if a hundred people came rushing in on
the main office floor. The fireman jumped
up and exclaimed, “Frank, what the
devil is that?” I listened a moment and
son/ebody up stairs screamed: “My God!
My God! We are lost! We are lost!”
We were both pretty well frightened,
but wo rushed up stairs and found every
thing as quiet as the grave, not a soul in
sight and the front doors locked as I had
The next morning when I looked in
the paper what should I seo on the first
page but an account of a shipwreck, and
it was the very same ship that the poor
pantryman did not wish to sail on the
Saturday before. His name was among
the lost. Now can any one explain what
it was I heard that Sunday?—Cor. New
Teaching Horses a Lesson.
Teaching a new horse to come out of
his stall at the fire alarm signal and
range himself alongside the pole is not
so difficult as might be supposed.
Imagine a pair of new horses assigned
to an engine. The surroundings aro more
or less terrible to them, but they are
very gently and carefully handled and
gradually lose their fear. Their tuition
begins at once, and the driver is their
teacher, assisted by the other men.
The ordinary signal is given, as if for
a fire. The stall doors open, and the
horses are led out, put in position, and
in a few minutes led back. This process
is perhaps a dozen times repeated. Great
pains are taken that the animals shall
not strike against anything, or he by any
The unusual spectacle of a isrness sus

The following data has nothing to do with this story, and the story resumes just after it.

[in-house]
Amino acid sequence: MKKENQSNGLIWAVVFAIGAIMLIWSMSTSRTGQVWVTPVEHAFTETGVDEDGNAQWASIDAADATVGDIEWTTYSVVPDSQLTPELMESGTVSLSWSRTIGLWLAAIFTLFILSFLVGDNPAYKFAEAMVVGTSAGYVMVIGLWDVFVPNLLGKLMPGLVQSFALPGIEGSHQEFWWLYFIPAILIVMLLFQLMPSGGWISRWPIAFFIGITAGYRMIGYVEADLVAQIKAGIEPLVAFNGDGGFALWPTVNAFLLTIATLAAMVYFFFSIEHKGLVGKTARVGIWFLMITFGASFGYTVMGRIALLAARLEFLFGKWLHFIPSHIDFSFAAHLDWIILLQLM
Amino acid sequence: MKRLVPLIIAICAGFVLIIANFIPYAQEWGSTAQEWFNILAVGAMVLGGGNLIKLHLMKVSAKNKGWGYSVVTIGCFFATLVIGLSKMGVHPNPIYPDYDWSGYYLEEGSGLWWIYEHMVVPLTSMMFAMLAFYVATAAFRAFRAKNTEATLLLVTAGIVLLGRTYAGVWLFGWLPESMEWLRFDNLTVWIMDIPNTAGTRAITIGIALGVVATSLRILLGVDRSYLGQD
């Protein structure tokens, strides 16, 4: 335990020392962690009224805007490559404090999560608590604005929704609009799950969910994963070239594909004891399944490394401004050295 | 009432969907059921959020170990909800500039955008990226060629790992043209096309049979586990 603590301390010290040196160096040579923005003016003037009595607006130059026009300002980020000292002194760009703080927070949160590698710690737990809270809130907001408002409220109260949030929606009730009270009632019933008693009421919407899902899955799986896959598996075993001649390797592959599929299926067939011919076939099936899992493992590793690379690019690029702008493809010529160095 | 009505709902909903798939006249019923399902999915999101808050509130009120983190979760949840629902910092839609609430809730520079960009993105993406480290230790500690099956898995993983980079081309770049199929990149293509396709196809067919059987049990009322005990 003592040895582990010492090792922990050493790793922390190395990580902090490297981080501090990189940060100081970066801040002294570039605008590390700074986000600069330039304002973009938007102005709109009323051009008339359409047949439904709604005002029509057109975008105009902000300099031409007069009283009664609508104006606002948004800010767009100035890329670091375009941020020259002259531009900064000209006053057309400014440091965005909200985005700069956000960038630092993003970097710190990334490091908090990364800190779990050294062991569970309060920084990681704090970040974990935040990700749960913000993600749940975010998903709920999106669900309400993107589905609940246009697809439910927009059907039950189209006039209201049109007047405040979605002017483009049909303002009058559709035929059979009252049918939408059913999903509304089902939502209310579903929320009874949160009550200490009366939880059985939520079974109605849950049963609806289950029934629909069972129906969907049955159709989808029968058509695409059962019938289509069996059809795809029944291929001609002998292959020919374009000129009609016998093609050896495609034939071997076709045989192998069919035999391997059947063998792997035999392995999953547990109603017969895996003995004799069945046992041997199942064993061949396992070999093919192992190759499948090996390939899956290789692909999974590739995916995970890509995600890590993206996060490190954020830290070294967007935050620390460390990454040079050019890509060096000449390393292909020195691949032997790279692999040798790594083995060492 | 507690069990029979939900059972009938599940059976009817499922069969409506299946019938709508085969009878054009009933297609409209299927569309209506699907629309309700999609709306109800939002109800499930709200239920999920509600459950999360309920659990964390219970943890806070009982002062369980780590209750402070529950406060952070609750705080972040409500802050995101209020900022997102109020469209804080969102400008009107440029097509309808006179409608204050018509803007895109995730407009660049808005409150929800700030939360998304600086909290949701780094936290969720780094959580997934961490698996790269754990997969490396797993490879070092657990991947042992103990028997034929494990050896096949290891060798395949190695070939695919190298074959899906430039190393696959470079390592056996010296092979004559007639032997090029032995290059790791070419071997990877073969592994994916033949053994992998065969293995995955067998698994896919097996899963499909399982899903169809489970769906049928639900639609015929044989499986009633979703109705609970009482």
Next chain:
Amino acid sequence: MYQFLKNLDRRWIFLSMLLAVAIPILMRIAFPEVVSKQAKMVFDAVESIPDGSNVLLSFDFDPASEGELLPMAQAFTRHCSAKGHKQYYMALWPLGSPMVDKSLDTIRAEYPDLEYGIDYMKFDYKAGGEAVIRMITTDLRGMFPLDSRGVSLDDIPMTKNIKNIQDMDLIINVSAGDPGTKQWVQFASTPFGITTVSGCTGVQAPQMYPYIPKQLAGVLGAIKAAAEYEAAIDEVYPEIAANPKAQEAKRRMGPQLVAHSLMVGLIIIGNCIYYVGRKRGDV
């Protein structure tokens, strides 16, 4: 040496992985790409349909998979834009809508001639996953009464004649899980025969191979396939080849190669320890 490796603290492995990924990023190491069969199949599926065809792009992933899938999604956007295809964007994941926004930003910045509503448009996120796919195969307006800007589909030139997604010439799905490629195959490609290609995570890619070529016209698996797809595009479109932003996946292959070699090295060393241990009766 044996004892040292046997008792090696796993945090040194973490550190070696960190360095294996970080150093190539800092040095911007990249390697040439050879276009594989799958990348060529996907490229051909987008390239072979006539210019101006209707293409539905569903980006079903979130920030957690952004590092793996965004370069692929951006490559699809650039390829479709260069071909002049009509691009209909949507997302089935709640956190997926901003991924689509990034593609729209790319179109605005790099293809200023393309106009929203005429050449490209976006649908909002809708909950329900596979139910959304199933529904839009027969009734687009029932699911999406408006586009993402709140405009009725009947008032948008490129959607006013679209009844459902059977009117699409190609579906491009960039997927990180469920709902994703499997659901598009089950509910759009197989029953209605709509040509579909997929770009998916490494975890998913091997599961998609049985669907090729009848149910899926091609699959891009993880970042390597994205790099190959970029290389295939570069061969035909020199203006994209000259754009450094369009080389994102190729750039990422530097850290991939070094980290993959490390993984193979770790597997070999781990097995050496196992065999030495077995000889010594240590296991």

pended in air is apt to disturb them at
first, but they are led slowly up to it and
induced to smell of it and inspect it on
After they have been led to their posi
tions a few times they are allowed to
come of their own accord when the sig
nal strikes, though a man stands behind
them to touch them up a little if they do
not start promptly at the opening of the
doors. Two weeks constitute the aver
age period of instruction, but horses have
been known to learn in one lesson. Oth
ers, however, are months in arriving at
equal proficiency.—“Road, Track and
Nerve Jarring Jocularities.
There is nothing in the world which
produces the sense of mental nausea
more completely, or is more certain to
turn the intellectual stomach, than the
use of certain jocularities of speech with
which many people think fit to adorn
their conversation. The people who
seem to find it impossible to speak of an
unmarried man except as “a gay bach